- Teachers cannot optimize their use of technology to teach. Between creating new printed material, grading vast amounts of homework, and calling each student individually, they don’t have the time or resources to tailor homework to the technology available to each student. Students who have smartphones aren’t receiving visual materials and students with the internet aren’t receiving online resources and videos. The phone and WhatsApp is strictly used to share the printed material as PDFs and to call or text the student to check in on them, not as a teaching tool.
The Audioclass System
According to a 2019 Signpost study by the IRC, 66% of the population in Norte de Santander had access to a cell phone, with 50% of them having access to a smartphone. The sprint team, therefore, found it feasible and attainable to use low-medium technology, such as cellphones and limited mobile data, as a method of sharing educational material with a high number of children. Moreover, by using channels such as WhatsApp, there was high potential of reaching families across the border, who currently cannot be reached through printed materials.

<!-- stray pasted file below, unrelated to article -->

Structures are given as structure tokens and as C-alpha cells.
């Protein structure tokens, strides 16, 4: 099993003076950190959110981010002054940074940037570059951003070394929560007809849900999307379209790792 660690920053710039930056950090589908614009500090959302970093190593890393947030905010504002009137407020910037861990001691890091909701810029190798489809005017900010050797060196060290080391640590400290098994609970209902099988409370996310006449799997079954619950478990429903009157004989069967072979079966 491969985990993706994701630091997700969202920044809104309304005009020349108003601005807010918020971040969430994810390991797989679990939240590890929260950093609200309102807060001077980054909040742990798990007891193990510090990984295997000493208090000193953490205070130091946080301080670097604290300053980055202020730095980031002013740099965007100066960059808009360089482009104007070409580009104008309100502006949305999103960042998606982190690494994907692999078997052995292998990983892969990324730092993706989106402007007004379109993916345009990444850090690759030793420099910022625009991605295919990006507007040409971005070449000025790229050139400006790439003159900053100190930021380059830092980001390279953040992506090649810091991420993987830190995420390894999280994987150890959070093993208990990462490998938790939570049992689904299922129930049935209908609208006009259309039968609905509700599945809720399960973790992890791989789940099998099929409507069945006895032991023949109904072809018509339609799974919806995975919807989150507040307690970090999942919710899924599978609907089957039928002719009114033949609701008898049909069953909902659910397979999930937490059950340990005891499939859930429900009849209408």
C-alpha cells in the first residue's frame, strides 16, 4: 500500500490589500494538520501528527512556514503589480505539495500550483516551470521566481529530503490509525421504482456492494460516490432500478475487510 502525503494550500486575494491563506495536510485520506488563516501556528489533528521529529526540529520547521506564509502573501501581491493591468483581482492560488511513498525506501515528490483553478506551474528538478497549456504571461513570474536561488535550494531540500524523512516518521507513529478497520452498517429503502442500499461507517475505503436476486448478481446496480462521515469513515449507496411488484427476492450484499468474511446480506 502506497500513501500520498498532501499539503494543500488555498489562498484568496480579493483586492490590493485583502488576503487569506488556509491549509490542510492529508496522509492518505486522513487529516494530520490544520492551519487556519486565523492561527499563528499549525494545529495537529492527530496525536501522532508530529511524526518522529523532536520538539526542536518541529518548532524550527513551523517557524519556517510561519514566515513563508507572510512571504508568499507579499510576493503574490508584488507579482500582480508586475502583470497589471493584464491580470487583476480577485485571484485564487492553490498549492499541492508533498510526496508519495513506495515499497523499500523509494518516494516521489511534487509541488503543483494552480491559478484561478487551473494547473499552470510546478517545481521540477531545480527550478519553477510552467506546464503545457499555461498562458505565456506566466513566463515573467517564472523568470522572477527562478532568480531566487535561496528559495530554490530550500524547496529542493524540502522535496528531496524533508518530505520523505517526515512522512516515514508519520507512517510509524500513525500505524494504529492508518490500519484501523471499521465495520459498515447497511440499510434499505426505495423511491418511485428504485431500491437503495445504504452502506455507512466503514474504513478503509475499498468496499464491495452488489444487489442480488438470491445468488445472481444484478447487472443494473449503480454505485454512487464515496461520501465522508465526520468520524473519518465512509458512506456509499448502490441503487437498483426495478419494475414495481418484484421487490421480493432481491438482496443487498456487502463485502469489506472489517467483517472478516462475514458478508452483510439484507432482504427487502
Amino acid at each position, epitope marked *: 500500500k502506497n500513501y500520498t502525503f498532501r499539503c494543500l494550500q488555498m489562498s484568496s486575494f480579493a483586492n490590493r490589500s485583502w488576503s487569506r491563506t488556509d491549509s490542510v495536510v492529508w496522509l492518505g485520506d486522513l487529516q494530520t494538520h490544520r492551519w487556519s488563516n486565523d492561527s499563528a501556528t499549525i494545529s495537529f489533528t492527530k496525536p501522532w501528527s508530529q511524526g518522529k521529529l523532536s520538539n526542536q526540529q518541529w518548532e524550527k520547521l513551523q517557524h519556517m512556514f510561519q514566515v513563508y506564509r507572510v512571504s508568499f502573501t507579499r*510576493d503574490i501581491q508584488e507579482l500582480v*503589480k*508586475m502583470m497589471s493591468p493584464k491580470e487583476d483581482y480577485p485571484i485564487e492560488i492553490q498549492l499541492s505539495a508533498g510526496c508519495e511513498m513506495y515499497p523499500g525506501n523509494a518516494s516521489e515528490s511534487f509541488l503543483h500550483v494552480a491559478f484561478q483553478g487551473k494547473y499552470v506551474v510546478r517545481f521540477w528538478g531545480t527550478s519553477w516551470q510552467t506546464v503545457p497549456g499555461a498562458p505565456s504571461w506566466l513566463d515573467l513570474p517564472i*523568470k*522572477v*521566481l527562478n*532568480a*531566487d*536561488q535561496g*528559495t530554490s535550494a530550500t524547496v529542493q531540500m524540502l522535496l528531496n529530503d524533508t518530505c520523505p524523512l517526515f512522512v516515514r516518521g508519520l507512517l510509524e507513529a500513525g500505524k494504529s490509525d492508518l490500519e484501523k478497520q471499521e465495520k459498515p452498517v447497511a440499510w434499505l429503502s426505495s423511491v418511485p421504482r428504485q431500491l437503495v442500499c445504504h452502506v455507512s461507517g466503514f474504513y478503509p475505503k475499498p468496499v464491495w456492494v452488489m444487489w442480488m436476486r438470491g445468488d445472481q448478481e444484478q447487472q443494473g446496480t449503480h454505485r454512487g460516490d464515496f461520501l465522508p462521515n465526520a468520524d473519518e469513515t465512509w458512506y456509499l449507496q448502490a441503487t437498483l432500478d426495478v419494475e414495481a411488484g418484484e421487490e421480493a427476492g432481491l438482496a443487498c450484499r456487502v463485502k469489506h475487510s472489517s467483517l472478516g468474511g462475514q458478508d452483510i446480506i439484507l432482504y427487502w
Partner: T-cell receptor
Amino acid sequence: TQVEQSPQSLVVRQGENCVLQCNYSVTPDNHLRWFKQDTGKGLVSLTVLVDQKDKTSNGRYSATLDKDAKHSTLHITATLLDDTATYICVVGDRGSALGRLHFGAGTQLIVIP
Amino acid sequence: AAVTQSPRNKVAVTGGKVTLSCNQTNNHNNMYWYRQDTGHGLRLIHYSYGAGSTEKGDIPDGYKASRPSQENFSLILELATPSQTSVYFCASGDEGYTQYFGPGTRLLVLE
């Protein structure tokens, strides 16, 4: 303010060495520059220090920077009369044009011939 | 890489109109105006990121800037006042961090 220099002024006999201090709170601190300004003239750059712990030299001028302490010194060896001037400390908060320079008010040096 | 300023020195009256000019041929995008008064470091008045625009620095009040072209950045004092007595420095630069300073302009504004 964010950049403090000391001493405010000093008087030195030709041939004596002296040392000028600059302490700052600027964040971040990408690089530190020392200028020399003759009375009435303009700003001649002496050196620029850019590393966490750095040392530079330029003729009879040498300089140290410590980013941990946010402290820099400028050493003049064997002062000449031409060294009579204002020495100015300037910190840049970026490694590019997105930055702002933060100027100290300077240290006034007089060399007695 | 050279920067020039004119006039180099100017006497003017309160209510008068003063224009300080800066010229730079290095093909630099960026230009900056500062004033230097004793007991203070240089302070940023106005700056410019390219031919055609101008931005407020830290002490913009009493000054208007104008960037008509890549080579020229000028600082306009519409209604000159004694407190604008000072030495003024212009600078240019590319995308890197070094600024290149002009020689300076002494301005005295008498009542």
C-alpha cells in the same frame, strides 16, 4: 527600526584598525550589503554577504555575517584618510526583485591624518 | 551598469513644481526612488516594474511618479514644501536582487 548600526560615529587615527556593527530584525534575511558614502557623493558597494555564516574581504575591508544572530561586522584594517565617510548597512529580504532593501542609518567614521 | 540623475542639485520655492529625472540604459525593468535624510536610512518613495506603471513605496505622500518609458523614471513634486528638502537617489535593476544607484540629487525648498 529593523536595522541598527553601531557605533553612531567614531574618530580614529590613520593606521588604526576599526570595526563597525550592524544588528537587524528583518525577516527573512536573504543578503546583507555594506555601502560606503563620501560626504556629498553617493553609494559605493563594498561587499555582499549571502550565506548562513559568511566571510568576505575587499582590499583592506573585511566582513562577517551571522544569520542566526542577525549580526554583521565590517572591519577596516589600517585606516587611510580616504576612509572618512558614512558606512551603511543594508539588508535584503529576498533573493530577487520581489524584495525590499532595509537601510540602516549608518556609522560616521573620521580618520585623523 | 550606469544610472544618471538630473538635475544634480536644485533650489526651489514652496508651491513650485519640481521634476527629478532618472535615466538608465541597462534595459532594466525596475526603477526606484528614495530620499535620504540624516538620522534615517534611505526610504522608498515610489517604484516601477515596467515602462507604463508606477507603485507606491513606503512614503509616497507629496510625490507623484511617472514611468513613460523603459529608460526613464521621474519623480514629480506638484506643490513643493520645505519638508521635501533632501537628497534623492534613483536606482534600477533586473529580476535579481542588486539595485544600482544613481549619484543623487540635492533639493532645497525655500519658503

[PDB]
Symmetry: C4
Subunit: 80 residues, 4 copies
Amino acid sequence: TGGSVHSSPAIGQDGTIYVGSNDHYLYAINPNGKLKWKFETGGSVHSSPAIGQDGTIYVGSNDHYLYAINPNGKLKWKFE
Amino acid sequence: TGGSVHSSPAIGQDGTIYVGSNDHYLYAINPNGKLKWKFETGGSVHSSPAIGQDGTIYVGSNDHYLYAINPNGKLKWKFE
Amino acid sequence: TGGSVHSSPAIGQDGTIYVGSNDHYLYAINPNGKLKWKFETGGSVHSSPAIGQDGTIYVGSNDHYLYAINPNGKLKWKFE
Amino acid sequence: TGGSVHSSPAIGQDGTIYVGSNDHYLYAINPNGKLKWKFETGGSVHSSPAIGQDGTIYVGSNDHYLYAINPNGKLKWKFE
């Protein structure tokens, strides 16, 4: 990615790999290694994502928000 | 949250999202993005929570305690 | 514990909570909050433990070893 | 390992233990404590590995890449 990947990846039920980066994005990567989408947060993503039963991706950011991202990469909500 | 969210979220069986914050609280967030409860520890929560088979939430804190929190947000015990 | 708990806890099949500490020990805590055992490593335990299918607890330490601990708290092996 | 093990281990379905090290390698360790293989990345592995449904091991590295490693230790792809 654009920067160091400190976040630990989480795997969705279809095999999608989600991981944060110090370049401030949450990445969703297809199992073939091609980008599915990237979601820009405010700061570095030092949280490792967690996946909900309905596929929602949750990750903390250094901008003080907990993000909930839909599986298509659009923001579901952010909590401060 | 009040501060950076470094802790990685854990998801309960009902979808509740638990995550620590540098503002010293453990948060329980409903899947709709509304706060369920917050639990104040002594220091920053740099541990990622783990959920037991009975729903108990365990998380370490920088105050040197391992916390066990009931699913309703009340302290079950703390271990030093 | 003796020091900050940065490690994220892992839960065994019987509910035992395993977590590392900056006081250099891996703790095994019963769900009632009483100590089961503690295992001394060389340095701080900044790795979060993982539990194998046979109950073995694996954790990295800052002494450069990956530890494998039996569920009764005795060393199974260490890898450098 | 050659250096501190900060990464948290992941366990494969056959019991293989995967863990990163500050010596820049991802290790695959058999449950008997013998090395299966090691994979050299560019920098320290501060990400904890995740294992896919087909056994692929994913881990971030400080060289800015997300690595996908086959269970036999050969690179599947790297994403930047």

The sprint team created a concept called the Audioclass System that uses automated communication technology to share educational audio material to different types of devices. The system is able to reach children and adapt content for whatever device they have available, be it radio, basic phone, or smartphone. It can also reach children in rural and urban areas, augment access to quality educational materials, and provide interactive learning activities The system defaults to audio to cater to low-to-medium technology devices, instead of high-tech devices, such as computers that need strong internet connection. Low-tech devices such as radios will share audio lessons, medium-tech devices such as basic phones will receive audio lessons plus some interactive audio activities, higher-tech devices such as smartphones will receive audio lessons, interactive activities, plus visuals. This allows us to reach the most vulnerable students and give them access to high-quality learning experiences that are as technologically advanced as they can be for their device. We envision a future where students can learn using accessible and responsive technology that meets them at their educational level, wherever they are.